#Milk formula exporters to register brands – eDairyNews
Countries |17 junio, 2013

Dairy Farmers | #Milk formula exporters to register brands

Exporters of infant formula to China have until the middle of the week to register their brands with the Ministry…

Exporters of infant formula to China have until the middle of the week to register their brands with the Ministry of Primary Industries.

It comes as the MPI continues to crack down on the trade in illegal shipments by uncertified exporters.

The move has been welcomed by the industry, which hopes it will help protect ‘Brand NZ’ and reassure Chinese consumers buying New Zealand products. It follows a series of milk scandals in the region, which have threatened to tarnish New Zealand’s reputation in the milk product industry.

Infant formula is considered ‘white gold’ in China, with New Zealand products worth almost $140 million last year alone.

Steve Darling, an Avante Infant Formula exporter, said demand for Kiwi formula is «growing all the time».

The Government now wants stricter control over such a lucrative market, and is setting up a new company register to identify and trace brands. The register has the support of exporters, who say it will protect their reputation.

MPI said the new system is being implemented in response to demands from China for more information about goods crossing its borders. It will also help identify counterfeit products.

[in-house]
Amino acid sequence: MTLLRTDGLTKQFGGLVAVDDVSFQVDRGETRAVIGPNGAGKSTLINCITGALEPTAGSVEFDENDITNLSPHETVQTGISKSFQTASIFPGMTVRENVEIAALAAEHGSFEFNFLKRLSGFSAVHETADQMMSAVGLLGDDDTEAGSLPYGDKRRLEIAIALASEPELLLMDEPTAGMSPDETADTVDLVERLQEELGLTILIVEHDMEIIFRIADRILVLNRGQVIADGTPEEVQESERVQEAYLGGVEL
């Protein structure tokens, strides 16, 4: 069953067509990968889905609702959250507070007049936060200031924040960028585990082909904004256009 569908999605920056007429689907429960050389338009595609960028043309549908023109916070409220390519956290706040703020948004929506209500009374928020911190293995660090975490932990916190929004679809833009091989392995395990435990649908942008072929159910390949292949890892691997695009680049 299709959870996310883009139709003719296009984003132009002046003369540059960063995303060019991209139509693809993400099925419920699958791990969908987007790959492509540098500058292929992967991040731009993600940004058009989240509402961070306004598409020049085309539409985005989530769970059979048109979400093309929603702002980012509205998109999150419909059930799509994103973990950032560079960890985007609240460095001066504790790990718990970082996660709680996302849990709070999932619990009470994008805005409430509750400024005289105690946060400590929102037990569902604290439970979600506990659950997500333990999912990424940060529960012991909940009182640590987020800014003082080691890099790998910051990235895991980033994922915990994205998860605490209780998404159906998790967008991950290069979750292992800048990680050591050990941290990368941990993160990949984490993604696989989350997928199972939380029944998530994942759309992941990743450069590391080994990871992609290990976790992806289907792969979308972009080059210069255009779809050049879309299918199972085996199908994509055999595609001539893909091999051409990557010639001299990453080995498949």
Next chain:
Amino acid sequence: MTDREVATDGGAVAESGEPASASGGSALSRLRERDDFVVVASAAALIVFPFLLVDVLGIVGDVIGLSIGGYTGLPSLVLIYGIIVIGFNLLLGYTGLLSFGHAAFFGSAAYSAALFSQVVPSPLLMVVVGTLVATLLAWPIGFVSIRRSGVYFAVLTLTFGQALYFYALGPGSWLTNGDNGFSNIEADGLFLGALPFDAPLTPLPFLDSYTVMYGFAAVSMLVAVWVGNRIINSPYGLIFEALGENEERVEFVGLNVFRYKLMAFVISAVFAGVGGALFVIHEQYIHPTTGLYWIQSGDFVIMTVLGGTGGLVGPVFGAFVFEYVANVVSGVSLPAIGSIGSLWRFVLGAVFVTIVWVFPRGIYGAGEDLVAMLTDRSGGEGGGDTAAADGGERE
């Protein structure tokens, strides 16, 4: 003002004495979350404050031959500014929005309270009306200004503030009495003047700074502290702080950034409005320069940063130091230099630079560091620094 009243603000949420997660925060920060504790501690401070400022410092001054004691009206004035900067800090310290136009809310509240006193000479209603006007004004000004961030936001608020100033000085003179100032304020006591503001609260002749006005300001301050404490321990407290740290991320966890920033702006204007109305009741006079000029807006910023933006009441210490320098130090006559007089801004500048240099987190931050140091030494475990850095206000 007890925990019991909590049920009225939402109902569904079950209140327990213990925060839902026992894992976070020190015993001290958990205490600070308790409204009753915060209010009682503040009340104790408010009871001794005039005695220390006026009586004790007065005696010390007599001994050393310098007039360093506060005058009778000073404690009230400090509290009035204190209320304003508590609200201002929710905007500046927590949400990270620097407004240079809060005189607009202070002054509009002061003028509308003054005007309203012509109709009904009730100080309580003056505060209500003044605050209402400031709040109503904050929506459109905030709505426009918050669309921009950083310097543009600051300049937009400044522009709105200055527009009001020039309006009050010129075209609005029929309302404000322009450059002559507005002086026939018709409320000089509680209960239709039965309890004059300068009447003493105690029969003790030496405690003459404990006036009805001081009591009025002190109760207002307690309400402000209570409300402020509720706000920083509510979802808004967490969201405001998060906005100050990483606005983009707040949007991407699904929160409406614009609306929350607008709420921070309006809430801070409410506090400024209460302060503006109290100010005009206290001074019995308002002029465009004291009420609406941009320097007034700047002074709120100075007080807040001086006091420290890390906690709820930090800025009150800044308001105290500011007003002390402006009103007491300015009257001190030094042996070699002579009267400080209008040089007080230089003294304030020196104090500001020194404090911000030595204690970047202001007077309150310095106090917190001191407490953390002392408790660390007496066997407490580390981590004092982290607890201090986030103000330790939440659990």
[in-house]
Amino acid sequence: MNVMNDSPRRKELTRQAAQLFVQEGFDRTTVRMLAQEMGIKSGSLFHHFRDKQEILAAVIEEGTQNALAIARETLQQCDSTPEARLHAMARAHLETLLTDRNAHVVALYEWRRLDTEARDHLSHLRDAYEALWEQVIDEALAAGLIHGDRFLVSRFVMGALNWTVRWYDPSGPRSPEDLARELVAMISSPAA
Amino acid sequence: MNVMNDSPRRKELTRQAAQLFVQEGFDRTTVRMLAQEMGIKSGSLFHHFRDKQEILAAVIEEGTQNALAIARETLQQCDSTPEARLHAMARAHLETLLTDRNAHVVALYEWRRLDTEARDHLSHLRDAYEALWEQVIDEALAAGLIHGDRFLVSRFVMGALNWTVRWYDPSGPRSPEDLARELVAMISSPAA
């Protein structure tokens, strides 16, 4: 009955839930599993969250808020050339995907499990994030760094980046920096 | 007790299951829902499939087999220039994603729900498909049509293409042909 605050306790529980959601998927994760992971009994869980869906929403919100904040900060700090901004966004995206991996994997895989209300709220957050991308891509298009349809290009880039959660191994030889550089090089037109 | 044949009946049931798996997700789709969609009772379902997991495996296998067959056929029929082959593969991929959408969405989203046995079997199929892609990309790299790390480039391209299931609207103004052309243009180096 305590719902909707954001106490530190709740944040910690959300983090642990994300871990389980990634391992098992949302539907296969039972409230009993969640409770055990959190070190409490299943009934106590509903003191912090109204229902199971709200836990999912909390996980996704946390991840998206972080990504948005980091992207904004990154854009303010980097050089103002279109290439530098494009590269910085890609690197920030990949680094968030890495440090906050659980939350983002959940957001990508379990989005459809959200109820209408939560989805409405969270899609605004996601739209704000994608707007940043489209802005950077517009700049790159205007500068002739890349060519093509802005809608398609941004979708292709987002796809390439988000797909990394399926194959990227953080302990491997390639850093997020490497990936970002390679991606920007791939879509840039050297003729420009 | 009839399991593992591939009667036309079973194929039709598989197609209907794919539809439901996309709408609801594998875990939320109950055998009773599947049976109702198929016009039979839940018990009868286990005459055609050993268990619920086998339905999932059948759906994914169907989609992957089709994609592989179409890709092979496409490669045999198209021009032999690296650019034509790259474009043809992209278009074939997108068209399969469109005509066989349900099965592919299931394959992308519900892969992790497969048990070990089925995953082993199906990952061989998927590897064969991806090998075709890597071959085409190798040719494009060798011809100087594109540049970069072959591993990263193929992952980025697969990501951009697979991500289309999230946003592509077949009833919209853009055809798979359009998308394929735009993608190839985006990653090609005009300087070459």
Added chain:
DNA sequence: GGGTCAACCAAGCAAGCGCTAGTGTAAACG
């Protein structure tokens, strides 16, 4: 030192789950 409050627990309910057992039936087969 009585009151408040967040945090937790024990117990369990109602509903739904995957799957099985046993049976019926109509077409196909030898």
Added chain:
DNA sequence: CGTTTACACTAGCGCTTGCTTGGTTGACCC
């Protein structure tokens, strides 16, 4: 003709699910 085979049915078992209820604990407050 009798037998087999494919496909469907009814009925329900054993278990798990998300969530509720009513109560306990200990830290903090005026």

«It’s always been the concern for legitimate exporters that it has been possible that brands are being sold in China that didn’t necessarily originate from New Zealand, but claimed that they might of,» said Chris Claridge from the New Zealand Infant Formula Exporters Association.

New Zealand is no stranger to food scares in China. In 2008 six children died after drinking milk contaminated with the toxin melamine, a Chinese company affiliated with Fonterra was involved in the scare.

Earlier this year small traces of the chemical DCD were found in some Fonterra milk powders, sparking international headlines.

Trade Minister Time Groser has admitted there are things New Zealand can improve on.

«I think we’re in reasonsable shape, but there is a broader challenge out there and I think we’ve got to lift our game,» he told TV ONE’s Q A programme this morning.

The Chinese Embassy in New Zealand has welcomed the creation of the new register, saying it will help reassure Chinese consumers.

 

Source: TVNZ

Legal notice on Intellectual Property in digital content

All information contained in these pages that is NOT the property of eDairy News and is NOT considered "in the public domain" by legal regulations, are trademarks of their respective owners and recognized by our company as such. The publication on the eDairy News website is made for the purpose of gathering information, respecting the norms contained in the Berne Convention for the Protection of Literary and Artistic Works; in Law 11.723 and other applicable norms.

Any claim arising from the information contained on the eDairy News website will be submitted to the jurisdiction of the Ordinary Courts of the First Judicial District of the Province of Córdoba, Argentine Republic, with a seat in the City of Córdoba, to the exclusion of any another jurisdiction, including the Federal.

Deja un comentario

Tu dirección de correo electrónico no será publicada. Los campos obligatorios están marcados con *

Related news